As you listen you can hear the voice of a man trying to figure out what to do when faced with major consequences.

However, the consequences Richard Nixon would have faced would have been minimal if he had immediately told the FBI what happened and that he was not a part of it.

  • Considering it had already happened though, would the American people want to vote for someone even remotely tied to the Watergate break-in?

It was at this moment that Richard Nixon made his mistake. He agreed to cover up an event that he likely had no part in planning.

April 11, 1974

For over a year, the Watergate Commission investigated the burglars and tried to figure out who had hired and paid them. Following the money trail revealed that these men were members of the Committee to Re-Elect the President (CREEP) and were, essentially, "fix-it" men for the White House.

However, the commission did not stop there. People discovered that Nixon was recording every conversation in the Oval Office. As a result, a subpoena was issued for the tape recordings made immediately following the break-in.

Richard Nixon, circa 1970

Image by the Department of Defense, via Wikimedia Commons, is in the public domain.

On April 11, 1974, Nixon and his team began editing the tapes to remove anything relating to Watergate. The president believed Executive Privilege allowed him to legally do this.

July 8, 1974

Executive Privilege is the idea that the executive of the nation, the president, has certain privileges that other citizens do not. Because many of the conversations the president has are confidential, Nixon argued he should not be forced to turn over any recordings he did not wish to release.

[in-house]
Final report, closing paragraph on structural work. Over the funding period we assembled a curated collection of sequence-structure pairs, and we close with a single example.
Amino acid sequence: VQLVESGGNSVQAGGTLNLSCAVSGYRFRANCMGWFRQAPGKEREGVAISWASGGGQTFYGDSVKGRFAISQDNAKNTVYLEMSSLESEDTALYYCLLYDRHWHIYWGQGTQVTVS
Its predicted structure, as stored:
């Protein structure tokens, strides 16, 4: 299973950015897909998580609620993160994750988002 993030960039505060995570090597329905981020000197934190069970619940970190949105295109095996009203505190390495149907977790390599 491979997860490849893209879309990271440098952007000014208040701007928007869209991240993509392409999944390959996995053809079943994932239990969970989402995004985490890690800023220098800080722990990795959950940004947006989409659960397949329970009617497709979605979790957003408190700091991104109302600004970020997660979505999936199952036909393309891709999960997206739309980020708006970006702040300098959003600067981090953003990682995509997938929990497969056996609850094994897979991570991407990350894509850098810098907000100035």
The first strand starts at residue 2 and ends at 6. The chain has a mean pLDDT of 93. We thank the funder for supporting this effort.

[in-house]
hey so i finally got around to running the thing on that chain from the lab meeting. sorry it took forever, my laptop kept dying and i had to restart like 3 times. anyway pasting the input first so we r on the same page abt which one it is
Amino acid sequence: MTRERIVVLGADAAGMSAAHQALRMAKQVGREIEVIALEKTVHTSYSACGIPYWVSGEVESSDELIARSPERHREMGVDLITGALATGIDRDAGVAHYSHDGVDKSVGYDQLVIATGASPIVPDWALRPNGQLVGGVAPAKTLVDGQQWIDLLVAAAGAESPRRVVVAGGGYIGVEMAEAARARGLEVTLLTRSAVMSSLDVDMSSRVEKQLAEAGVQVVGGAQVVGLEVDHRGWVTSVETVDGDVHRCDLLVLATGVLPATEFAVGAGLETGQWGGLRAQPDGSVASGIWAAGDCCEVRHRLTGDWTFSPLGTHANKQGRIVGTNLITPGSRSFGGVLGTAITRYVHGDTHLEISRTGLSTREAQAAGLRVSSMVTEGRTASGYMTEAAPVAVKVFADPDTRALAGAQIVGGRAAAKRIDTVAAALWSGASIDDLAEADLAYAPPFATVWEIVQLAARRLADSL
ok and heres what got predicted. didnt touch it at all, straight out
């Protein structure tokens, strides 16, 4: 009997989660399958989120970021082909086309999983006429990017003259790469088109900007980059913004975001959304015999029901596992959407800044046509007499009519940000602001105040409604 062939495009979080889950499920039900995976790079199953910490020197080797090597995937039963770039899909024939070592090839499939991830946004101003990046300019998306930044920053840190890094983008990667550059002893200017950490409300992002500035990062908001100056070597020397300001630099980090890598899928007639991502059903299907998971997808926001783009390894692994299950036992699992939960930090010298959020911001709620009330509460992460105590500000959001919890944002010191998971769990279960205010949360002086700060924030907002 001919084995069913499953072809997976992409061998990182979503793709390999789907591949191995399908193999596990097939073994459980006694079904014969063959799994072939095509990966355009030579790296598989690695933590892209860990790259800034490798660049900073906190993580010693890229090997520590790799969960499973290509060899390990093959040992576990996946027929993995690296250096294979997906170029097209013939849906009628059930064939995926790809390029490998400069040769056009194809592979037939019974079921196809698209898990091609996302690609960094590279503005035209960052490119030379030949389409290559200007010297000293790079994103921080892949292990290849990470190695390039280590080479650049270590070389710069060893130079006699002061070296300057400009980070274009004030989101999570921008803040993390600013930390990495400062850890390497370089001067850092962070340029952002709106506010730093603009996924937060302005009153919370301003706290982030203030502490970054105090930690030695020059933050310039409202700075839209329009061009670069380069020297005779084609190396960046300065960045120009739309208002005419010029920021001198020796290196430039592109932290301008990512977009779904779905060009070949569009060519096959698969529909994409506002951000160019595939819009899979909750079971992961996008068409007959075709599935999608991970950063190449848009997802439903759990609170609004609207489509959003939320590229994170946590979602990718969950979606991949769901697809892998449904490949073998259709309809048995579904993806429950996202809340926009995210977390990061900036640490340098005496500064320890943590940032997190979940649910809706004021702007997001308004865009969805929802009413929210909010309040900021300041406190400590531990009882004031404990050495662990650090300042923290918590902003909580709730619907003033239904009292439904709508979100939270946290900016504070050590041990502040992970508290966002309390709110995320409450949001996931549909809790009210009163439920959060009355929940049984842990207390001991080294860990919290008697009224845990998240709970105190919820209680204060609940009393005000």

Supreme Court

On July 8, 1974, the Supreme Court agreed to hear a case arguing that Richard Nixon had to release the tapes unedited.

July 24, 1974

Only 16 days later, United States v. Nixon was decided unanimously. Richard Nixon had to release the tapes because the prosecution had proven:

"...sufficient likelihood that each of the tapes contains conversations relevant to the offenses charged in the indictment"

Therefore, Nixon's claim of Executive Privilege no longer stood.

August 5, 1974

Only weeks later, the "Smoking Gun" tape was released in accordance with the United States v. Nixon ruling.

Watch President Nixon recalls the day the 'Smoking Gun' tape was released, from The News & Observer, to hear him explain what that day was like:

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While Nixon never should have covered up this scandal or made the Supreme Court decision on the extent of Executive Privilege, he did eventually accept the consequences for his actions.

Fearing he would be impeached and face a trial he would inevitably lose, Nixon resigned and left the office with as much dignity as possible.

Continue on to the Got It? section to explore the limits of Executive Privilege and what this case was really about.